Standing over the stove in a baseball hat and sweatpants, the writer Ayad Akhtar is making chai. It’s the perfect antidote to a misty grey afternoon in solitary central Harlem. Chai is volatile – boiling liquids, agitated tea leaves, stinging spices – but also reassuring, always finally settling into a deep brown. It is a blend of tradition and intuition; mood stirred together with habit. And it tastes different every time.
Akhtar’s tea is strong and sweet. More impressively, it retains its heat for the hour that we discuss his writing, prizes, and current projects. Akhtar began his career in acting and screenwriting, but his debut novel, American Dervish (Little, Brown, 2012), turned swathes of post-9/11 American readers on to the pre-9/11 Muslim-American experience. Its narrator, the sensitive, 10-year-old Hayat, tells of his childhood curiosities, in particular the allure of Islam, which he gleans from the mystical stories his beloved aunt tells him each night.
In his play Disgraced, which won the Pulitzer Prize in 2013, Akhtar’s protagonist is Amir, a South Asian-American corporate lawyer who has long rejected youthful notions of tradition, religion, and even ethnicity. The play’s five main characters are as distinct as cardamom pods from cloves; thrown into a pot on New York’s Upper East Side, they dance and hiss their opinions. Akhtar, who loves drama because it can be experienced in the body, insists that the play he spent four years writing came to life only when it did for the three hundred strangers sitting in the audience with him. “That’s the beauty and disappointment of the theatre,” he says.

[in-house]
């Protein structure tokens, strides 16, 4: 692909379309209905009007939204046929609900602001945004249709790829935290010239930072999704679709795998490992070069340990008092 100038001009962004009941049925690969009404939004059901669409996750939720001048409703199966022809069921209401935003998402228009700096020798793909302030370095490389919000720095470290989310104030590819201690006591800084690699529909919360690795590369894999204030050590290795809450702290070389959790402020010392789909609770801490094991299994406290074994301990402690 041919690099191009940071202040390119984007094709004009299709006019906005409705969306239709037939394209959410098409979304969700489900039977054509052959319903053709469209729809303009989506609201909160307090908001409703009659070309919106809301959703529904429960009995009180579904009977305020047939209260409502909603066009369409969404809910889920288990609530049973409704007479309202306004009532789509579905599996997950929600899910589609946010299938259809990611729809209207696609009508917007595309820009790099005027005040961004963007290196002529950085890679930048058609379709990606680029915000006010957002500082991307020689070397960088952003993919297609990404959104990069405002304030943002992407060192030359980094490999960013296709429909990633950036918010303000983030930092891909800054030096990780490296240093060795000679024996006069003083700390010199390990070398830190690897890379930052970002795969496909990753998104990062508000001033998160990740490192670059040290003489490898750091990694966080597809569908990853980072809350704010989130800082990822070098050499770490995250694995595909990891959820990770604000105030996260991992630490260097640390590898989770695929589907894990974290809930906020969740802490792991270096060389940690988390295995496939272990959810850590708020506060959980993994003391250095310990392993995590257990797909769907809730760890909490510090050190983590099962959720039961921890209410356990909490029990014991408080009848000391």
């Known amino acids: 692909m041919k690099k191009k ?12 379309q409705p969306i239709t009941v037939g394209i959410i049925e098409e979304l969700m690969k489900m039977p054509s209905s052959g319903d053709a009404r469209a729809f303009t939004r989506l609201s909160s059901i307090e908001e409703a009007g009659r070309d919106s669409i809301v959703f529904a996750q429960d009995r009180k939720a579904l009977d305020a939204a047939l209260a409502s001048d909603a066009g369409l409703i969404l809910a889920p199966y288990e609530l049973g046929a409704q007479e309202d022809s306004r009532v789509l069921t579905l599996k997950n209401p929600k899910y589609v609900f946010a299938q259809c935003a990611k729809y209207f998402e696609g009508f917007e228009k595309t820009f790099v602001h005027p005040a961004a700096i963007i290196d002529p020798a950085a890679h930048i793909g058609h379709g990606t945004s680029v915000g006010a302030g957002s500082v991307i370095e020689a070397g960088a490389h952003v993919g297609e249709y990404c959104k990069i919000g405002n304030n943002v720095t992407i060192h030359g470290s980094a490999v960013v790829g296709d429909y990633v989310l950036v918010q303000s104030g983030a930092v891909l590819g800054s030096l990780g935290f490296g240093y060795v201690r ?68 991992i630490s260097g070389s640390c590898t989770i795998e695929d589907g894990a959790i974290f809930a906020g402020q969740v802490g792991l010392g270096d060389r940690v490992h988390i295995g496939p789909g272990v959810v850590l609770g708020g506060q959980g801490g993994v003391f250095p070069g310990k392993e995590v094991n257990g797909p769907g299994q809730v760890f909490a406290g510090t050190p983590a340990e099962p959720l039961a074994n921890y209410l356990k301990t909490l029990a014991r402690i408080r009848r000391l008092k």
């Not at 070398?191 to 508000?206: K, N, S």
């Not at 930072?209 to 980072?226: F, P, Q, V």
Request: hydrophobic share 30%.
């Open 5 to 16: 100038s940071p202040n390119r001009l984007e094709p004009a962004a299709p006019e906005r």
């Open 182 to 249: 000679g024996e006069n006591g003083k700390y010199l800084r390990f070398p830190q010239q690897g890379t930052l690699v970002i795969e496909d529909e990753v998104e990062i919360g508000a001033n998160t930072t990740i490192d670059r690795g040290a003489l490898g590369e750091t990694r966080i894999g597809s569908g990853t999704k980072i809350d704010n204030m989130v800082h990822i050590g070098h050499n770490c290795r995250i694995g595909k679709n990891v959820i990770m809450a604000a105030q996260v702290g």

Akhtar believes his work is “reflective of a kid brought up on TV who spent all of college reading Ibsen and Beckett and Shakespeare.” And he gives his characters the same diversity of thought and experience.
– Aditi Sriram for Guernica
Guernica: You are described in various interviews as an actor, screenwriter, author and playwright. How do you see yourself and the work you do?
Ayad Akhtar: I think of myself as a narrative artist. I don’t think of myself as a novelist or screenwriter or playwright. All of those modalities of processing and experiencing narrative are obviously very different, and I’m not sure that I prefer any one to the other. I think the novel gives you the opportunity to have a kind of interiority that you can’t have in the theatre, which is pure exteriority. That pure exteriority, paradoxically, creates a much more heightened interiority for the audience. So if you want to really deeply touch the viewer or the reader, the theatre might be the most powerful way to do it. When it’s done right, obviously. When it’s not done right, it’s really boring.
I’ve had very powerful experiences in movies, but seminal experiences in the theatre and as a reader of great novels are the things that have marked me most.
What do you make of the American preoccupation with memoir and the autobiography? Novelists will write a book in the first person and many readers will think, “That has to have happened to them in real life.”
Especially if you’re a writer of colour or if you’re a woman. Because if you fall into either of those categories, you’re expected to be writing of your experience. But if you’re not, then you can write about anything.